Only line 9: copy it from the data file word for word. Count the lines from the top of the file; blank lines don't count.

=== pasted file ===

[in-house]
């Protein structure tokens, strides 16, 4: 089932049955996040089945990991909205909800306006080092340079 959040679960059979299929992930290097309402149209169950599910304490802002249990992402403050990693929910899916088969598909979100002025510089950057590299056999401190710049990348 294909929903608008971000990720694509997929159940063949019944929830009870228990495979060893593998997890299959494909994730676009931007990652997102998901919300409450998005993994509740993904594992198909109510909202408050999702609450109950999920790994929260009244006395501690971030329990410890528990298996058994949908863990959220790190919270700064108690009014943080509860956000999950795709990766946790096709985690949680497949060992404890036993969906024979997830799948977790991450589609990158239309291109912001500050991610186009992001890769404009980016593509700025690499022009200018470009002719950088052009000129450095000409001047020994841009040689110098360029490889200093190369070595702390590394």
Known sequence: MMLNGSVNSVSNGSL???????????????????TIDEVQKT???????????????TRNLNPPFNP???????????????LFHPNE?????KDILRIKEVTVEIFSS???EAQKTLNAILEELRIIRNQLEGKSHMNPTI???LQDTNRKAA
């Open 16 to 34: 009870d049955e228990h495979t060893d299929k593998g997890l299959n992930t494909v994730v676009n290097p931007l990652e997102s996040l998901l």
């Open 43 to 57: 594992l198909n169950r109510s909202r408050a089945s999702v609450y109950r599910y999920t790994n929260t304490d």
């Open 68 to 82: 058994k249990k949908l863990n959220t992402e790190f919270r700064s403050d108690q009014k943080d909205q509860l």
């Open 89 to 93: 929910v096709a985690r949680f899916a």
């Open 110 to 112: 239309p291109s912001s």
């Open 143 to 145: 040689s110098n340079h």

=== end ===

């Open 143 to 145: 040689s110098n340079h």